Here in Michigan, there is a silly state law that prohibits any school system that gets public funds from starting classes before Labor Day. Purportedly, this is to stimulate tourism. I suspect it does nothing of the sort. What it does mean is that I have a little more time yet before MY children go back to school. And I can share with you a bit of our Summer Vacation. Maybe some of the photos will inspire you a little. To take a trip, go wander, or even make a quilt. Feel free. If you need my permission to use a photo for your quilt – just ask and I’ll happily provide it.
We took a longer weekend than we have in past years, so we could be a bit more leisurely about it. We headed North, stopping at Hartwick Pines State Park to have a picnic lunch. If you’ve never been, it’s worth a side-trip. The park highlights one of the last stands of virgin white pines in Michigan, and has a well thought out logging museum. From there, it was up to the Straits of Mackinac, and across to the island on the ferry.
The upper deck of the ferry affords some very nice views of the Mackinac Bridge, even on a hot, misty afternoon.
This year we ranged a little further into the interior of the island than we have in the past. We walked up to Fort Holmes, which sits atop the highest point on the island, and affords some glorious views.
You can see the mainland across the water. And it was early enough in the morning to catch the sunlight, although a bit eye-watering.
We even got a nice view of Sugar Loaf Rock – which meant we decided we didn’t actually need to walk down to see it up close.
For the first time this year, we paid the separate admission to visit Fort Mackinac. It was interesting, and I was surprised to run into some animatronics. Like most kids, my youngest child was unimpressed with the weight of history on the place. Though she looked like any bored student, seated at the desk.
There were also commanding views of the harbor, from the wall of the fort. Which makes sense, given that it’s job was to serve as something of a sentry.
Of course, we had to walk around the Island and hit all of the usual tourist spots. The Grand Hotel just begs to be photographed.
That soft aqua color that the porch ceiling is painted? That’s iconic for the Grand Hotel. It’s a color I wanted for my blog, but had trouble communicating that to my graphic designer. I’ll go more into why that is, when we talk about building color palettes from photos in a future post.
I also had to stop and get a picture of The Little Stone Church. It’s another Island landmark, with its own historic marker. Mostly, though, it’s pretty and it’s on the hill to the Grand Hotel. This was the first year it was open while we were there, so we did nip inside. The stained glass windows are lovely, though I didn’t have my tripod along, so pictures weren’t really an option.
If you go, I recommend spending the night, if you possibly can. The Island is lovely at any time, but particularly so at night (again, no tripod – sorry), and early in the morning, before the arrival of the first ferry from the mainland. Very few of the tourists are up and moving, In fact, not many of the businesses are open, yet. You can cross Main Street without fear of being hit by horse-drawn carts of bicycles, although the drayage wagons are on the move, delivering things to businesses while they can do so easily.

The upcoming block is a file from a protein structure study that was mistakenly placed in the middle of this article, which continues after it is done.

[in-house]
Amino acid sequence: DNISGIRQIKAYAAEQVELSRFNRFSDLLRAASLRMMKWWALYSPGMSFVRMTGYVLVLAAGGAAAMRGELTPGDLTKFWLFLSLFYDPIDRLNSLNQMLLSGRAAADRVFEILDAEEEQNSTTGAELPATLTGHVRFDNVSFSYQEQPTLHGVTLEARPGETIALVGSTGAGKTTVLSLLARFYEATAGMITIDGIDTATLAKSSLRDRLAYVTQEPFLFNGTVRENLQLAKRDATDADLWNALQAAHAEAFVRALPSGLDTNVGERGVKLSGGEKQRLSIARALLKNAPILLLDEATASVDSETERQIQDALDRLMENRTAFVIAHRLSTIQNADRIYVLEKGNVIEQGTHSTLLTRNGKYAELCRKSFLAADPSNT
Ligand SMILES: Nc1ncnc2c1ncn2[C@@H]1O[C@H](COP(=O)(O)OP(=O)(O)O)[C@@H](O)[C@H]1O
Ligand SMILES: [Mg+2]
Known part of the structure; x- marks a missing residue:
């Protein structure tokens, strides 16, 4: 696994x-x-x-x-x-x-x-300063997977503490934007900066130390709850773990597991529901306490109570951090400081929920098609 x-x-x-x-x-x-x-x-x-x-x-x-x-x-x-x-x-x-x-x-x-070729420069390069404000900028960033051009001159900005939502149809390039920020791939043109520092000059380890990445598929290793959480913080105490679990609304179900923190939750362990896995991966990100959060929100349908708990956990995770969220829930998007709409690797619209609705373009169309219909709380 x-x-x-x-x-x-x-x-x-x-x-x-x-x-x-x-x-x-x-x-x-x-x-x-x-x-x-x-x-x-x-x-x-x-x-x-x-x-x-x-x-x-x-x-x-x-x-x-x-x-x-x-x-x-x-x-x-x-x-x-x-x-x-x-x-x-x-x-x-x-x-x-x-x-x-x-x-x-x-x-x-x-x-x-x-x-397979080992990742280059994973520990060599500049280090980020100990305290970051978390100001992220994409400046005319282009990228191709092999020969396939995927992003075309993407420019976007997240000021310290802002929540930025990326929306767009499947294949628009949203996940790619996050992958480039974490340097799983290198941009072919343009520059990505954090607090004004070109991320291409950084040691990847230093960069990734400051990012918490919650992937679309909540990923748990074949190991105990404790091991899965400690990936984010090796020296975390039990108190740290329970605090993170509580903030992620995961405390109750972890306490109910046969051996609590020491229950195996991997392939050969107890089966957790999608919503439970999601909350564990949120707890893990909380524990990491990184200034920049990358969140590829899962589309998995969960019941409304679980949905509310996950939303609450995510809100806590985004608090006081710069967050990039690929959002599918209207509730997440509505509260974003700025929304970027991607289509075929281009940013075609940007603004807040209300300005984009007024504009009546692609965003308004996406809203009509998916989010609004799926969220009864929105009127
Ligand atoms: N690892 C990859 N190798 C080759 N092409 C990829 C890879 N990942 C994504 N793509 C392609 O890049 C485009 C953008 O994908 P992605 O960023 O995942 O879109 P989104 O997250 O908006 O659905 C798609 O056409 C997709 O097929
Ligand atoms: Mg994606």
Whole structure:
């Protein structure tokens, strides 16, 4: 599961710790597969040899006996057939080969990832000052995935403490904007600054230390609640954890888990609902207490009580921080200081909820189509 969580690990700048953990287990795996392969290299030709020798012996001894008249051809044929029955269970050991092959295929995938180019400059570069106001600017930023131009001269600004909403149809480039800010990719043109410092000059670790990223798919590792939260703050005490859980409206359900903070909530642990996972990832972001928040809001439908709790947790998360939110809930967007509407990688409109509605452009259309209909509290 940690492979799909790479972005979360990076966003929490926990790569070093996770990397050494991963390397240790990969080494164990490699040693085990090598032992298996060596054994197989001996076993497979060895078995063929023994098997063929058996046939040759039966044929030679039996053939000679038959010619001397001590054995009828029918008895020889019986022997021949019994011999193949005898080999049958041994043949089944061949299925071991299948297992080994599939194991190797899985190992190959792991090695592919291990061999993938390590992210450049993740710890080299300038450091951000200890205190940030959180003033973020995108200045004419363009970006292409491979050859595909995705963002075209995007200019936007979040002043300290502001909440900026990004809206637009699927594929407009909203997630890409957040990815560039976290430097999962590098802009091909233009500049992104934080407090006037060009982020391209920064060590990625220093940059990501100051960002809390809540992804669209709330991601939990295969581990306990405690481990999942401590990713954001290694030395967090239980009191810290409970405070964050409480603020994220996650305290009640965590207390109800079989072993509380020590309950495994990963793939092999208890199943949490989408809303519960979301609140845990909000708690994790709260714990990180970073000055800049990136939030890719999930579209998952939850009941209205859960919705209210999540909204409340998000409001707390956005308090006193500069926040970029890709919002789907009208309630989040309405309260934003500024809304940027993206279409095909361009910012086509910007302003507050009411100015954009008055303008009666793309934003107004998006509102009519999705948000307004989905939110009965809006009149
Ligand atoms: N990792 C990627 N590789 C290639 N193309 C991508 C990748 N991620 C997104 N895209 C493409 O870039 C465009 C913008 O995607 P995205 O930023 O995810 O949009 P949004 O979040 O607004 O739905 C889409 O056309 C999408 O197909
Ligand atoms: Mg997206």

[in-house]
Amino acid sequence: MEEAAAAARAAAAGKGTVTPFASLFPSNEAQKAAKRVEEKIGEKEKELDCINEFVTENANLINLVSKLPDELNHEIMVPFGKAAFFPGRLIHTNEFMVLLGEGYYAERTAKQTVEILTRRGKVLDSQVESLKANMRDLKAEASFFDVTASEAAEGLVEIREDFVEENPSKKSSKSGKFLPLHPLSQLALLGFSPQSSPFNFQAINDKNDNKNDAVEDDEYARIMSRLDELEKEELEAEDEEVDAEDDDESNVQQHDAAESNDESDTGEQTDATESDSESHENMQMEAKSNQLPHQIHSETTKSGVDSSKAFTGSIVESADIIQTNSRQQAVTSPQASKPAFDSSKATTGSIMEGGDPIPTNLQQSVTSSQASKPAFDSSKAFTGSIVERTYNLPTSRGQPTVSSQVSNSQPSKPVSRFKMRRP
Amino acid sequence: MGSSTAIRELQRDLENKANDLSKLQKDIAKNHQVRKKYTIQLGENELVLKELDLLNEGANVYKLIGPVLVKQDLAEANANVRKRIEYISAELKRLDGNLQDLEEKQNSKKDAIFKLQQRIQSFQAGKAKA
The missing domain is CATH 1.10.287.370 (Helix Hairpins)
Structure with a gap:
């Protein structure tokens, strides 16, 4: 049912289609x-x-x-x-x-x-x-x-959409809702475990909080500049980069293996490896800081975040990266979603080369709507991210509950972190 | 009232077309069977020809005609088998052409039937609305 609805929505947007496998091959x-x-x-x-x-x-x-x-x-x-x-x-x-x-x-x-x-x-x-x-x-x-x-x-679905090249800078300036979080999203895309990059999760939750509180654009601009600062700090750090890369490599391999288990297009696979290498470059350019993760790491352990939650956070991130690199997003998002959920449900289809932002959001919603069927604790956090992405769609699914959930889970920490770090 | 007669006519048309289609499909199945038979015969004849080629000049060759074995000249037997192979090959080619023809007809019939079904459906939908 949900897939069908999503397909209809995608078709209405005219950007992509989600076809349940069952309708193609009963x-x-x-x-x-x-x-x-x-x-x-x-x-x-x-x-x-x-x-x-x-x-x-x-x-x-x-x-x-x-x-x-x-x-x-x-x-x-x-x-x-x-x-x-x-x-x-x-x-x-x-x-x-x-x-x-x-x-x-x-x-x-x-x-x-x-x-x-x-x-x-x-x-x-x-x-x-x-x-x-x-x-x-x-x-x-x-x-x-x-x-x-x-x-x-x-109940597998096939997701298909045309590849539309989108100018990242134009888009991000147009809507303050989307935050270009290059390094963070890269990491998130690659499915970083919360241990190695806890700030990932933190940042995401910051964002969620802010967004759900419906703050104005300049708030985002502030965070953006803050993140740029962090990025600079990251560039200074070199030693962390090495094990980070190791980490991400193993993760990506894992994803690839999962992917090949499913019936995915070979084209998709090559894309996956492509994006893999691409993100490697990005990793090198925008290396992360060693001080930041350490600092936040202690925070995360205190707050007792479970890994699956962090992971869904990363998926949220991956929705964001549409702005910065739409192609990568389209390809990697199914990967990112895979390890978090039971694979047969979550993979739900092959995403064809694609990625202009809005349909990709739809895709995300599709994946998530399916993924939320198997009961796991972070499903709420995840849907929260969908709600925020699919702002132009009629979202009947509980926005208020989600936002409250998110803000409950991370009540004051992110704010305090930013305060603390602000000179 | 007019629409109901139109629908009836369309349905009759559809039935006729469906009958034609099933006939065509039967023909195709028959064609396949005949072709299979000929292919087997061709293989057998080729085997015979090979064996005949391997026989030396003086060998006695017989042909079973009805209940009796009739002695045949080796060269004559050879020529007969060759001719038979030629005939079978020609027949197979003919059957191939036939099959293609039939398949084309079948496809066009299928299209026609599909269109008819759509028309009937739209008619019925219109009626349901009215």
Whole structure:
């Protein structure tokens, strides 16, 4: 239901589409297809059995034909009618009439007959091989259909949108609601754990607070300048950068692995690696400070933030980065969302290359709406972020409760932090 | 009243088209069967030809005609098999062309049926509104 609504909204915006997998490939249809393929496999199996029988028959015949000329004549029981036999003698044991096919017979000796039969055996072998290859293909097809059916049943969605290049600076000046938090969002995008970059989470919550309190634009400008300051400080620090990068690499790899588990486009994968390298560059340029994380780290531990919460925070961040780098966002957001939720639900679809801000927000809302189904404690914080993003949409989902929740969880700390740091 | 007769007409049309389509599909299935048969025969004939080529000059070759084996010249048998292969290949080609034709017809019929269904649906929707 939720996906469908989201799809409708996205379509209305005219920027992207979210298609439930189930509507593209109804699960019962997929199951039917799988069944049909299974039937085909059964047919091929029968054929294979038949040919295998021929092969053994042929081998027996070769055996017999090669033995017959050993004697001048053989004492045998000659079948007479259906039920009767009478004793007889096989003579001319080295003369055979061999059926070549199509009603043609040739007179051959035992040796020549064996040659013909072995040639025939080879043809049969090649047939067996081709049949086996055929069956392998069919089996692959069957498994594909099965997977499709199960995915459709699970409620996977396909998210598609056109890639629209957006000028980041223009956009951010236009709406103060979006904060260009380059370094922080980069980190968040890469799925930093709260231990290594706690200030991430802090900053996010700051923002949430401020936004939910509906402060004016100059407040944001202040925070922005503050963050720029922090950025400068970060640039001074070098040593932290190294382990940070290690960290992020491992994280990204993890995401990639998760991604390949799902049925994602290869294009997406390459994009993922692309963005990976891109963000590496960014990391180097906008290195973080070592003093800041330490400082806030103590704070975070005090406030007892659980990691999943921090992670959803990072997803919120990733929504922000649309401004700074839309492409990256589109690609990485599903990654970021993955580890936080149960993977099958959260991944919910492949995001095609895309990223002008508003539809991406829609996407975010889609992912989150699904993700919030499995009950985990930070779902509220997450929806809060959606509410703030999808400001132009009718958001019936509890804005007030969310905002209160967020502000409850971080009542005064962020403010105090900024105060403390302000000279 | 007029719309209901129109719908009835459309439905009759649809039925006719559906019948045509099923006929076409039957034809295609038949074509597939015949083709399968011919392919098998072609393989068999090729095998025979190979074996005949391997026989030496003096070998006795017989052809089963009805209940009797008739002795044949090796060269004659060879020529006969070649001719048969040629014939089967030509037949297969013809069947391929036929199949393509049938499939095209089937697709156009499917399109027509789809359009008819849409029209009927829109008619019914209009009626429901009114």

And we took the time to wander just a bit. There are so many lovely cottages along the shores that I’d love to have. And then I remind myself that I’d need a lottery win. And it would still be massively inconvenient, even as a Summer Place. Still, a girl can dream:
On our way home, we stopped by what I refer to as “The Olde Homestead.” It’s the farm my mother grew up on. It’s still in the family, but no longer really being farmed. Faint strains of Deana Carter’s “Strawberry Wine” run through my head whenever I walk around there: The fields are grown over now, years since they’ve seen the plow. There’s nothin’ time hasn’t touched. Various old farm implements languish in the weeds. This is what is euphemistically referred to as a “honey wagon.” I’m betting you can work it out.
The house is gone, as are the tractor shed, chicken coop, and granary. But the old barn still stands tall. It even has it’s lightning rods. I remember playing in the hayloft, and chasing barn kittens around in the attempt to tame them. I also remember falling down the hay mow (not a huge deal, given the large pile of soft hay at the bottom. I’m lucky grandpa didn’t bother to sweep up, much).
Pine trees stand 20 feet tall in the old cow pasture. But my uncle still works the sugar bush on the back forty every spring and has revitalized the orchard. Maybe I can find time to go up this fall and sweet-talk him into some apples.
We ended our trip with a stay at the Great Wolf Lodge – a treat for the girls for being half-way well-behaved for the rest of the trip. I hadn’t realized just how kid-friendly a place it is. Even autistic-kid friendly. I think we’ll have to plan a longer stay, so that we can take advantage of more of what they have to offer.
I was a good girl, and didn’t make my husband stop at any quilt shops. (Though there were probably at least 4 within easy reach and 2 more a short distance off our route). This was part virtue, and part because I new the weekend after we returned was AQS Quilt Week – and I wanted to save my quilt budget for that, instead.
I hope I’m making memories for the girls, although it’s hard to tell, just now. Either way, it’s good to rattle them out of their routines just a bit, and practice social skills out in the wild, as it were.
What are your favorite family vacations? Any things that your kids particularly enjoyed – or hated at the time but remember fondly, now?